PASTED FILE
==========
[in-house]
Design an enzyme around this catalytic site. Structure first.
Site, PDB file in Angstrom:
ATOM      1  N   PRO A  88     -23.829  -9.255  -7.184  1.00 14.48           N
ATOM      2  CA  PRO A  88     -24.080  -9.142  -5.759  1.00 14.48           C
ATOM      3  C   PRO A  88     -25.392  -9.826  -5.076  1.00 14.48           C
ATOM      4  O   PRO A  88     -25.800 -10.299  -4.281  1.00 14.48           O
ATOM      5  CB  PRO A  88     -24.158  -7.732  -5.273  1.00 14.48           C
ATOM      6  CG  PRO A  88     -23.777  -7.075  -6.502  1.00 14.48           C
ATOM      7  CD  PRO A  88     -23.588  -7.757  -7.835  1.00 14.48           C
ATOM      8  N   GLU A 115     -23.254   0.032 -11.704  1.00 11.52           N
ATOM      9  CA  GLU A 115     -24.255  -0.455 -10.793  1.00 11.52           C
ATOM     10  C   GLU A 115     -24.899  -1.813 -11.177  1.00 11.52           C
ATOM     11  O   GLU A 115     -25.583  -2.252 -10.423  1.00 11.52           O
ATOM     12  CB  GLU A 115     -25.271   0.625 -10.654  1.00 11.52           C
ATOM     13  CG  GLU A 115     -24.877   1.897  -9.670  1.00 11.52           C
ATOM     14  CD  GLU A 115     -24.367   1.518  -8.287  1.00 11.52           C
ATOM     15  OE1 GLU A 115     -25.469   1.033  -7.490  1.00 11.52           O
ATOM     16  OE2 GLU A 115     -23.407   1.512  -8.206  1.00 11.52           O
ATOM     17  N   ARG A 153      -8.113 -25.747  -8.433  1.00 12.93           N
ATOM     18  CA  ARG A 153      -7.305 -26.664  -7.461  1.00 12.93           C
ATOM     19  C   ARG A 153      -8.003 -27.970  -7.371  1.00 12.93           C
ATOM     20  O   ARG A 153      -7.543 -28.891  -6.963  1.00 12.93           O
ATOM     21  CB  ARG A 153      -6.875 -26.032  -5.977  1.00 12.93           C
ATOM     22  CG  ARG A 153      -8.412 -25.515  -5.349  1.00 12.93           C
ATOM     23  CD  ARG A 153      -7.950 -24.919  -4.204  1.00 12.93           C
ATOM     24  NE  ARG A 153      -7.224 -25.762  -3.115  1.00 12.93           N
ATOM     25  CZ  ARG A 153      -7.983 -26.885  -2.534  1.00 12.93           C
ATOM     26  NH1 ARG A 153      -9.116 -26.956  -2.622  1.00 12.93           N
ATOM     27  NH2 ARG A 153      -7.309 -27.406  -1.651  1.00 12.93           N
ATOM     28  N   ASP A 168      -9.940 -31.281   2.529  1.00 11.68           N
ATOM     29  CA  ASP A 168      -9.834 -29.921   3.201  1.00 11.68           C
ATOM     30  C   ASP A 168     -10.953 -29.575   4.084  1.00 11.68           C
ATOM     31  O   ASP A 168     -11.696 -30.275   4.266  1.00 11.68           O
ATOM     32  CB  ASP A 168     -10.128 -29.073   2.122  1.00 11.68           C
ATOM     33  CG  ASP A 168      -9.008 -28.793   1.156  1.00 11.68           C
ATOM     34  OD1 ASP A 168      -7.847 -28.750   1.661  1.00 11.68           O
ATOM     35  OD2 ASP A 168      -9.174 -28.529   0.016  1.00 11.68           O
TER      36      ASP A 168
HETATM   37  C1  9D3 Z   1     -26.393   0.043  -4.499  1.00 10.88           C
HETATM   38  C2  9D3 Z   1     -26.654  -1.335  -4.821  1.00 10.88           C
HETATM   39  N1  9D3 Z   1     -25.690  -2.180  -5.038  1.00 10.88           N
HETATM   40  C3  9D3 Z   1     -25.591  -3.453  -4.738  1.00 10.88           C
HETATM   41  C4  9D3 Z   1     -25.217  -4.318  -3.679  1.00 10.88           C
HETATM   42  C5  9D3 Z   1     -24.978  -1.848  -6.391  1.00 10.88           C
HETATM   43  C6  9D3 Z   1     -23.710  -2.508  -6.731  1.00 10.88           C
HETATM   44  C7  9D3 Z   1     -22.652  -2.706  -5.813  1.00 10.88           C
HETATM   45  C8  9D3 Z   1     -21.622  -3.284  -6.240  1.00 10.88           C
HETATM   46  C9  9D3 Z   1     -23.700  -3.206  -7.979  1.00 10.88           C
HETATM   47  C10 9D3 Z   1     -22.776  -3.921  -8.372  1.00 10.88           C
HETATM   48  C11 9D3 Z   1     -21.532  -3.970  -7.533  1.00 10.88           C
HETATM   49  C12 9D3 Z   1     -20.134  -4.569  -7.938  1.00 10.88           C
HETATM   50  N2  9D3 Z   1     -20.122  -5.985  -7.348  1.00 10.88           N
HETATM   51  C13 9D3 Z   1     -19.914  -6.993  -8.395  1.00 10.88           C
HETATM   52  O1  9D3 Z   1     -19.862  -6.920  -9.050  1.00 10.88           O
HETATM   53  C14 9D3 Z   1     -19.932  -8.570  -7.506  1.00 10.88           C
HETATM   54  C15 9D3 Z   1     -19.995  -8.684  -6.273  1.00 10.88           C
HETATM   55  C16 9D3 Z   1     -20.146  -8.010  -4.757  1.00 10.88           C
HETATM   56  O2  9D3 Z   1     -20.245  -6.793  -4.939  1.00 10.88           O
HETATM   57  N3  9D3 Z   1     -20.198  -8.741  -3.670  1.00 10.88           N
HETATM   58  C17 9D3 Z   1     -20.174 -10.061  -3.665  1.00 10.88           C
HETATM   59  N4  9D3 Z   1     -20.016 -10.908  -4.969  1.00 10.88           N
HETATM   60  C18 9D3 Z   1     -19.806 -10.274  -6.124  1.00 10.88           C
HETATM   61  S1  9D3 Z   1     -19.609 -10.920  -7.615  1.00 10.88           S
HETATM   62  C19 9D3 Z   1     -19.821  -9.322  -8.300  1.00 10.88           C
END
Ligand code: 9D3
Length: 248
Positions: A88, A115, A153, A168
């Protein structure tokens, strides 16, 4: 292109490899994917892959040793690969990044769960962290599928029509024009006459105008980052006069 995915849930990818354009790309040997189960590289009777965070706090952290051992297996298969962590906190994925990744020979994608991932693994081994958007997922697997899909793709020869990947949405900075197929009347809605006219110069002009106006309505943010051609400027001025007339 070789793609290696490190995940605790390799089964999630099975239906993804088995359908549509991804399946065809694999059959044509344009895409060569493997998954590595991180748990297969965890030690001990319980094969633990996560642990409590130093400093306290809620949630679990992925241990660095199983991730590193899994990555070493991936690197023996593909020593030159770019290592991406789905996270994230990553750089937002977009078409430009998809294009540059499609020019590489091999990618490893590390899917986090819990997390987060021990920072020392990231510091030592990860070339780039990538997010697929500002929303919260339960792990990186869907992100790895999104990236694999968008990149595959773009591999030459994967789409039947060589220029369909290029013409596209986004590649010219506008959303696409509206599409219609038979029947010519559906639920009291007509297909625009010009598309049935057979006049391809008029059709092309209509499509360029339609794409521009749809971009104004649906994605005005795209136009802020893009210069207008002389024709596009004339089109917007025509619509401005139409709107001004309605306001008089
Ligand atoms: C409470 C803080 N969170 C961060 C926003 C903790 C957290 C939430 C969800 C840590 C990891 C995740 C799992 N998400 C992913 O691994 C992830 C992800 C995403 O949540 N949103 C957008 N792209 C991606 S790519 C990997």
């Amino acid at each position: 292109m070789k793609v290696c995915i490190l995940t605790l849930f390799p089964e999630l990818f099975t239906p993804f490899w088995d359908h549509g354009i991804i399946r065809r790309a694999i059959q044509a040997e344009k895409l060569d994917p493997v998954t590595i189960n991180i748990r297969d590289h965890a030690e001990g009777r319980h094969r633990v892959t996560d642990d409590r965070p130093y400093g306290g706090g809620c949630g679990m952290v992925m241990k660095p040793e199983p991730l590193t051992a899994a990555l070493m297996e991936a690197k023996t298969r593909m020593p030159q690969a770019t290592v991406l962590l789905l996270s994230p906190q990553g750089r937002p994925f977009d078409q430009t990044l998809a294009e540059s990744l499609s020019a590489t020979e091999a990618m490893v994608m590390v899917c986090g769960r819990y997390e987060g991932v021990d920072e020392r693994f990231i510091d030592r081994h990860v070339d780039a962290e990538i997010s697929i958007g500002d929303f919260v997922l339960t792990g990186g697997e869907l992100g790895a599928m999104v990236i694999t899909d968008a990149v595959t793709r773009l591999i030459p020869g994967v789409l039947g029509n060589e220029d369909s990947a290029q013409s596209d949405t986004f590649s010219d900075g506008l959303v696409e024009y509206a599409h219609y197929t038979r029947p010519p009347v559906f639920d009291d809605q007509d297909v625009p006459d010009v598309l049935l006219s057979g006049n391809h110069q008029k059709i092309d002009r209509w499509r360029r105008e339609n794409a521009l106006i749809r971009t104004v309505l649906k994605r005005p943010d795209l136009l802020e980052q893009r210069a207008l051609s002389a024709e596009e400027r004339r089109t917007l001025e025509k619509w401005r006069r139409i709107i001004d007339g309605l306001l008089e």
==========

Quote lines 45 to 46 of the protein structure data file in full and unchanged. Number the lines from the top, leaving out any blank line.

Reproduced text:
HETATM   42  C5  9D3 Z   1     -24.978  -1.848  -6.391  1.00 10.88           C
HETATM   43  C6  9D3 Z   1     -23.710  -2.508  -6.731  1.00 10.88           C